The first NATO Boeing E-3 AWACS to be retired set off for its final flight on Tuesday 23 June. The aircraft took off from Geilenkirchen airbase, its home for over 30 years, and headed for Davis Monthan Air Force Base in Arizona. Once there, the aircraft will be placed in storage with the 309th Aerospace Maintenance and Regeneration Group, better known as AMARG.
The final flight involved a final air-to-air refuelling off the coast of the US state of New England. At AMARG, re-usable parts worth roughly 35 million EUR are removed from the aircraft. The E-3 will then remain in storage for three years, after which it is likely to be scrapped. See the final landing at Davis Monthan here.
The aircraft selected to retire (tail number LX-N90449) was scheduled for a 15 million EUR Depot Level Maintenance (DLM) inspection mid-July 2015. Instead, the decision was made to retire the AWACS.
During its operational NATO career the airframe gathered well over 22,000 flight hours, operating out of 21 different countries. It flew its very final operational mission on 13 May 2015.
The E-3 is one of the few NATO AWACS aircraft not to receive a cockpit upgrade by Boeing. The upgrade involves a part glass cockpit, but is limited to 14 aircraft. With the departure of LX-N90449, a total of 16 AWACS aircraft are left at Geilenkirchen.
With the delivery of the second aircraft, the French Armée de l’Air has reached Initial operating capability (IOC) of its upgraded Boeing E-3F AWACS aircraft. Operational tests and evaluations are complete, said Boeing on 20 May. The upgrade is part of a Foreign Military Sale (FMS) between the French Defense Procurement and Technology Agency (Direction générale de l’armement – DGA) and the US government.
In July 2014, the French received their first upgraded E-3 back from Boeing. As the prime contractor, Boeing provides hardware, software, engineering and quality assurance support. Air France Industries KLM Engineering & Maintenance, a Boeing subcontractor on the project, is upgrading the electrical, mechanical and structural systems and mission hardware on the aircraft.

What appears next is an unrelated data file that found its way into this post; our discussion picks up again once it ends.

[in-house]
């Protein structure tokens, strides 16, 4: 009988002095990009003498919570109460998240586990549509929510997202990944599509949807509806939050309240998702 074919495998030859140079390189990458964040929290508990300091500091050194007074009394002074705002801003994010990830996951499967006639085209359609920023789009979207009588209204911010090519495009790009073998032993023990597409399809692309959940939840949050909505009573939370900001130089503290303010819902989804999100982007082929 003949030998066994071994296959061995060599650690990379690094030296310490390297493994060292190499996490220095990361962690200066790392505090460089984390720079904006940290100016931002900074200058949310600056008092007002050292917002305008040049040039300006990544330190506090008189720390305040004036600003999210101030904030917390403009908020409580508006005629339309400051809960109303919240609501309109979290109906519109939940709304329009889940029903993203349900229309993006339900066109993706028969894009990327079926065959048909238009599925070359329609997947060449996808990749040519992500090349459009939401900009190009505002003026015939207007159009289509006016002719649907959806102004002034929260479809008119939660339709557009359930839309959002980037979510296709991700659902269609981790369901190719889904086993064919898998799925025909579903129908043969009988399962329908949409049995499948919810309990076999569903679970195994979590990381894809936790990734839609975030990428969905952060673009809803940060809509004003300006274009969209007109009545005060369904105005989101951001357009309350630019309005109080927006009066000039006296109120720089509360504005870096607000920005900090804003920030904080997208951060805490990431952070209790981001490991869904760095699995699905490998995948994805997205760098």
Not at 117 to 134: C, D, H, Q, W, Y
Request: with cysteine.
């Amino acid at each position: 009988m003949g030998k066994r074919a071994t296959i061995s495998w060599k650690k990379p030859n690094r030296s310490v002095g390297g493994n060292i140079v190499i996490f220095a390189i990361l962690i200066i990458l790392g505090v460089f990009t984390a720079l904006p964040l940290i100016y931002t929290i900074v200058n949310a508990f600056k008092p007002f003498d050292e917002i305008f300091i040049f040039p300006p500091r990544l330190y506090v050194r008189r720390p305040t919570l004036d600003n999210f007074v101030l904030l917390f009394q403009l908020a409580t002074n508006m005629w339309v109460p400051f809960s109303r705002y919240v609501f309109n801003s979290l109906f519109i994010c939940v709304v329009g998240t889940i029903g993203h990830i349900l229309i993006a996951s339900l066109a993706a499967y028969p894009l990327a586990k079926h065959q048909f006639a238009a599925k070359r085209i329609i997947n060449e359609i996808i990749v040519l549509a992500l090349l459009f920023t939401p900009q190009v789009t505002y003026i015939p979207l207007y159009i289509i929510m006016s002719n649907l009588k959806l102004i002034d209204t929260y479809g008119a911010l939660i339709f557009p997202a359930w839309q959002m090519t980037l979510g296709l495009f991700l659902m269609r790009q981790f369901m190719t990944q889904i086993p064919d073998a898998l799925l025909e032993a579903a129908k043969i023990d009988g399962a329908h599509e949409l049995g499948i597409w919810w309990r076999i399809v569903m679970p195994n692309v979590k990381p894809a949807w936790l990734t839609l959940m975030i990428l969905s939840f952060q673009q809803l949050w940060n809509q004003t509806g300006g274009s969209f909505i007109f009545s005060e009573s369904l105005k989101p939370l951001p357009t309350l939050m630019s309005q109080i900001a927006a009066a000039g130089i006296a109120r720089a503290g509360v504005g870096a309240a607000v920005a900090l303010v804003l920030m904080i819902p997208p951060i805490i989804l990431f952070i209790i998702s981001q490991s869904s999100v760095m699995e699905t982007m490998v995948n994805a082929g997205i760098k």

France has four AWACS to monitor national airspace, national interests, and support allied missions. The aircraft are receiving modifications through a Mid-life Upgrade (MLU) to increase the fleet’s surveillance, communications and battle management capabilities. AWACS crew members will experience reduced workload, receive more actionable information and have better situational awareness thanks to these enhancements.
It’s springtime, and judging by the busy flightline at Geilenkirchen airbase in Germany, the E-3A AWACS aircraft of NATO’s E-3A Component, it’s nesting time. But looks are deceiving, as these birds leave the nest every day. They keep an eye out over NATO territory on the East borders of Europe, take part in exercises such as the latest Red Flag in the US, or practice air-to-air refuelling in European skies. The multinational crews see their numbers reduced nevertheless. And while the aircraft are modified, their numbers also become smaller. By mid 2015, the first aircraft (tail number LX-N90449) retires into storage. However, the sign of the times is that the AWACS is needed more than ever.
While Geilenkirchen (nicknamed ‘Frisbee’) is their nest, the 17 Boeing E-3A Sentry Airborne Warning And Control System (AWACS) aircraft saw many places over the years. Exercises are a regular thing, but operations over Afghanistan were ‘the real deal’ up to last year. Operating from Mazar-e-Sharif for over three years, NATO crews flew over 1,240 missions and over 12,240 flying hours over Afghanistan, providing air surveillance and supporting aircraft involved in air operations such as close air support, battlefield air interdiction, combat search and rescue, reconnaissance and tactical air transport.
Interesting Now, the mission involves an old acquaintance towards the east of Europe, where Russia has taken an eye for the Crimea and Eastern Ukraine. “Oh, we see a lot of interesting stuff,” says E-3A tactical director Major Rob van Leeuwen when asked about the missions that continue along NATO’s eastern flank daily. “We have some powerful radar equipment in that 9 meter diameter frisbee on top of the aircraft, and when we’re over Romania we cover a large part of NATO’s Eastern approaches. Getting a clear view of what is happening over Donetsk and Luhansk in the Eastern part of Ukraine is stretching it a bit however. That area is over 500 miles away, and that’s beyond our range.”
Air and sea
Still, the crews have been providing a valuable picture for NATO and, for instance, the Air Policing Mission over the Baltic states in particular. Not only airborne movements are picked up, as the AWACS’s radar equipment is also capable of picking up movements at sea. Sensitive sensors on both sides of the fuselage scan for radar and radio signals. The missions are flown over Poland and Romania, both NATO members. Van Leeuwen: “It illustrates another change that happened within the E-3A Component over the last few years; personnel from new NATO members found their way to Geilenkirchen. The shared tactical knowledge gathered here is astonishing. It’s my job to get the best out of them.”
The daily flying schedule at Geilenkirchen involves a fair bit of air-to-air refuelling (AAR), with the help of US Air National Guard KC-135R tanker crews. Today on 18 March, an E-3A with call sign ‘Nato 04’ throttles up it four old skool Pratt & Whitney TF33-turbofans and heads off to northern Germany for a rendezvouz with ‘Esso 76’, a KC-135R flown by a crew from the 185th Air Refueling Wing from Sioux City, Iowa. Airborne refuelling allows the E-3A to stay up for hours at a time and less movements at Geilenkirchen for refuelling. That’s good news to the people living around the airbase, which is located right next to the German-Dutch border.